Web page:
If SETs are here to stay, how can universities improve their practices? There are significant variations in the ways that universities evaluate instructors. Some universities make them mandatory, others let their students complete their evaluations voluntarily. Some universities ask questions before exams, others after. Some universities release grades only after students have completed their evaluations, others do not. Some universities attribute a large weight to overall satisfaction scores, others do not. What is not particularly well known, is what practices instructors like the most or find to be fairest?
As I have been presenting my research on gender biases in SETs at different universities throughout the world, I have become interested in the strong beliefs that instructors hold regarding this assessment tool, and how SETs should be implemented. Some love, others hate, the way their departments use them.
To try and better understand academic perceptions of SETs, I have started a new research project on this issue at Erasmus University Rotterdam. The goal of this project is to document instructors’ opinions about SETs, as a function of the way they are used in different departments and universities throughout the world. It focuses on four broad questions. How do different higher educational institutions implement SETs? How do instructors experience SETs? How do instructors’ experiences correlate with the way in which SETs are implemented? What is the impact of switching to online teaching on instructors’ perceptions of SETs?
If you teach at the higher educational level, then this survey is for you! The survey takes about ten minutes to complete, all you have to do is click the icon below:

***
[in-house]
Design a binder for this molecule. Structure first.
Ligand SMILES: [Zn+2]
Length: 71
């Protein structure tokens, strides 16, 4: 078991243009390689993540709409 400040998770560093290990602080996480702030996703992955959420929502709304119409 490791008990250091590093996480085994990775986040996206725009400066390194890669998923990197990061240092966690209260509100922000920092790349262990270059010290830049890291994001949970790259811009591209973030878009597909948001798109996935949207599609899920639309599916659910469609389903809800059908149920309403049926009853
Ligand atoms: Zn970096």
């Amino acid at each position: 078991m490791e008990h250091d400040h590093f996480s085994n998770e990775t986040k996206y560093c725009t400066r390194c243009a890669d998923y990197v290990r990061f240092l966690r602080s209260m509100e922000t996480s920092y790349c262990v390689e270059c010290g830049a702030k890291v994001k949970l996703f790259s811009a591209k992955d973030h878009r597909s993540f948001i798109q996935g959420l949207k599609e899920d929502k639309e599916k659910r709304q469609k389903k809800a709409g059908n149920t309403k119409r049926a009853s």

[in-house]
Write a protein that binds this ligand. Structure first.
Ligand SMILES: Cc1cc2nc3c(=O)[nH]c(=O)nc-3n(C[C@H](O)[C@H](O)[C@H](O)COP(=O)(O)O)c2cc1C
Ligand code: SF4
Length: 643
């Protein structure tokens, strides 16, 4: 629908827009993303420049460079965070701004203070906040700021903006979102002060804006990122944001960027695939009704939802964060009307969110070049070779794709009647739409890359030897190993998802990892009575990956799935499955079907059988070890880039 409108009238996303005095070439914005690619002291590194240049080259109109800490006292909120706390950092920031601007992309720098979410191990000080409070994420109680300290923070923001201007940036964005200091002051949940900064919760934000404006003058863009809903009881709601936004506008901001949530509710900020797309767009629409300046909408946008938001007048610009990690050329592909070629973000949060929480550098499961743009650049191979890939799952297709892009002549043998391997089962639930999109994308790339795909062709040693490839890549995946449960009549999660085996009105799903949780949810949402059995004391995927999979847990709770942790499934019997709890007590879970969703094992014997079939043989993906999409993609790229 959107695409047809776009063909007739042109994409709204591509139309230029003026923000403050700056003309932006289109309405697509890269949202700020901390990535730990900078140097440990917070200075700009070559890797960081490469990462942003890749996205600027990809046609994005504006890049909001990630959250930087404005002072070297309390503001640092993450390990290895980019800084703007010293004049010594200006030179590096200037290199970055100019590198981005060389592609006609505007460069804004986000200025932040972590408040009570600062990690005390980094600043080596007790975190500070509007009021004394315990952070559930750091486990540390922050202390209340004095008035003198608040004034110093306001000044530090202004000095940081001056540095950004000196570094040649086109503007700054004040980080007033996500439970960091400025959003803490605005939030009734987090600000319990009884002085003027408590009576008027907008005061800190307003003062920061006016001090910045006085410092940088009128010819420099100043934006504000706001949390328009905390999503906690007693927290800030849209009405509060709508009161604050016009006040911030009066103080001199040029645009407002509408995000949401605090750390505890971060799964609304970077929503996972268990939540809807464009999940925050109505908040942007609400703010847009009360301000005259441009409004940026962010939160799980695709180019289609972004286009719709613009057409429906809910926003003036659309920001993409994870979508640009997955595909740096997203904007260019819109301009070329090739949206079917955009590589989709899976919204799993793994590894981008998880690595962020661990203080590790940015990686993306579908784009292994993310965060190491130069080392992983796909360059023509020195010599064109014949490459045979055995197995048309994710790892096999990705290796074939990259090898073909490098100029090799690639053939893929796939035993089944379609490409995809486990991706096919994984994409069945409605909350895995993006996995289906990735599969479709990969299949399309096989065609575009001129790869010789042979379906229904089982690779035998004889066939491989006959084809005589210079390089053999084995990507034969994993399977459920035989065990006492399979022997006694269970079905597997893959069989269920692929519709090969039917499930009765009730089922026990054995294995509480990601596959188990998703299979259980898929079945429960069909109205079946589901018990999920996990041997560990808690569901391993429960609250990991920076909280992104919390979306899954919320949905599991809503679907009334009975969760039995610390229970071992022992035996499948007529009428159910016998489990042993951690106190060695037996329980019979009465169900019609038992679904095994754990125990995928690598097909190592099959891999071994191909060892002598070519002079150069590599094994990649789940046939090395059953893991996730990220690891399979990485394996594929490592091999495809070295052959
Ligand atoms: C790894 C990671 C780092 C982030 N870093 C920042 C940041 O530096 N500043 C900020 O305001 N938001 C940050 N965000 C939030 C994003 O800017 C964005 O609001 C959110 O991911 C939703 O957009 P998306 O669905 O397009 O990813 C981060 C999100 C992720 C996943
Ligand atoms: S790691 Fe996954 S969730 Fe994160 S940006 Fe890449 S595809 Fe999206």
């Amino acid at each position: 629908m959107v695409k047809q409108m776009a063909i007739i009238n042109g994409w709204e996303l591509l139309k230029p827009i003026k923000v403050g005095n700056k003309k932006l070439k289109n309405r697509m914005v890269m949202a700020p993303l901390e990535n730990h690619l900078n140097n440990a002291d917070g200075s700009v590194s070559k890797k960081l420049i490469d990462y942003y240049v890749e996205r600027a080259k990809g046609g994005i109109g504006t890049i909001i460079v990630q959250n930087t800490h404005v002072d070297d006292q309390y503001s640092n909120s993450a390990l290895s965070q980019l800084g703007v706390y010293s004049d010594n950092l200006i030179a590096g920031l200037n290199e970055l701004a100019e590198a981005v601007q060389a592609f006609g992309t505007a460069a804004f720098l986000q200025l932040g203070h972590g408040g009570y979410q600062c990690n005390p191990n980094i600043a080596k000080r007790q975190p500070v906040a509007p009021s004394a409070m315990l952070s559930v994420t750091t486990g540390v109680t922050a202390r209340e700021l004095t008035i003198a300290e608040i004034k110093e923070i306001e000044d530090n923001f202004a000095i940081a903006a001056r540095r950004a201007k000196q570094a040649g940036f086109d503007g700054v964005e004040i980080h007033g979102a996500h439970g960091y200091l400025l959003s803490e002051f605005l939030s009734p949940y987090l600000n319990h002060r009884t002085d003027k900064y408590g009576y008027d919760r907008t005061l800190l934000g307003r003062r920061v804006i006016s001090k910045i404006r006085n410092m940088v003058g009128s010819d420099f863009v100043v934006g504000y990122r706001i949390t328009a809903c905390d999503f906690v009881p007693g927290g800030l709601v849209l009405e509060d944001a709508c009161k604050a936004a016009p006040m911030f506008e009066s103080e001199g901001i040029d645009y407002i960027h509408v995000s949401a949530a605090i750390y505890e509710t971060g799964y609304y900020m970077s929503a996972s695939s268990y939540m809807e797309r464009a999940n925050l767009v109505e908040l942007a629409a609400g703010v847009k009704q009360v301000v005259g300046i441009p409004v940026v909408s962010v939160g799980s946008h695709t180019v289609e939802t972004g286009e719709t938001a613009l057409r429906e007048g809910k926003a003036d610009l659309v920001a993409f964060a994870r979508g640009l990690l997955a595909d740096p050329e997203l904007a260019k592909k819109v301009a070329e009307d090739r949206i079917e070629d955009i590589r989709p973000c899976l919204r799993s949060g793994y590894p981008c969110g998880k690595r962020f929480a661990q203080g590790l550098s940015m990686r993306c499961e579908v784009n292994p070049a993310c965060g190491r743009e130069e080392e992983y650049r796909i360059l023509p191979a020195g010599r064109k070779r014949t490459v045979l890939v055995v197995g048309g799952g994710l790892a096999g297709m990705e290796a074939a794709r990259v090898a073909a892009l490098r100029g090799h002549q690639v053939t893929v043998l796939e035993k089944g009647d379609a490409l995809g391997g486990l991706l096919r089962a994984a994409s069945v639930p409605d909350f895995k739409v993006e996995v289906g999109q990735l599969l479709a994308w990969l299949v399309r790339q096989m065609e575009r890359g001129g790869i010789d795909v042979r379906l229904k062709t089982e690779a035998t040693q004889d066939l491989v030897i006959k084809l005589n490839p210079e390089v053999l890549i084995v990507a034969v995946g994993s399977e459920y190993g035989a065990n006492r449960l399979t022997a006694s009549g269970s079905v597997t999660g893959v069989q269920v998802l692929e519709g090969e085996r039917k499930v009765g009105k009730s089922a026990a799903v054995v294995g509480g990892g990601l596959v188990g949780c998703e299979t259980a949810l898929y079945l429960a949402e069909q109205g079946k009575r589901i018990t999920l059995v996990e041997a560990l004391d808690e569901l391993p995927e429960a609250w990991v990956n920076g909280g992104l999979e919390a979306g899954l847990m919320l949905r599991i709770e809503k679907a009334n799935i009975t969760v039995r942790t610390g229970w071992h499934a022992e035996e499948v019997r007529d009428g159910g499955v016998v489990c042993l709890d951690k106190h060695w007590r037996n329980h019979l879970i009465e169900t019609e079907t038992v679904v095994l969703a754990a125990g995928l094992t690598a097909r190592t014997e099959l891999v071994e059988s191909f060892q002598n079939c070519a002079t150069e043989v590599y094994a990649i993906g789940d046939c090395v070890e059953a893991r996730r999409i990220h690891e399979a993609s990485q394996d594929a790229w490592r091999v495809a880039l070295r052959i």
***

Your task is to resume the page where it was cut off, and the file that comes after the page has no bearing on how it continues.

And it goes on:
The survey includes four sets of questions: how SETs are implemented and used at your department or university, what is your opinion about SETS, how your university has adapted its practices concerning SETs to the Covid-19 crisis, and descriptive questions to conduct the statistical analysis.
The survey is anonymous, and is in compliance with the European Union’s General Data Protection Regulation. The data collected will only be used for research purposes, and the research project has received approval from the university’s Institutional Review Board. A summary and initial analysis of the results will subsequently be published on the LSE Impact Blog.
Whether instructors believe that SETs accurately measure teaching effectiveness or help them improve their teaching practices remains an open question. Given how important SETs can be for careers in higher education, the opinion of instructors needs to be understood better and given greater prominence. This survey is an opportunity for you to contribute to the very lively debate about the use of SETs in higher education. Make your opinion count!
Thank you very much for your contribution to this research project.
Note: This article gives the views of the author, and not the position of the LSE Impact Blog, nor of the London School of Economics. Please review our comments policy if you have any concerns on posting a comment below.
To take part you can access the survey following this link: https://erasmusuniversity.eu.qualtrics.com/jfe/form/SV_aeEpJbT4qWElRJ3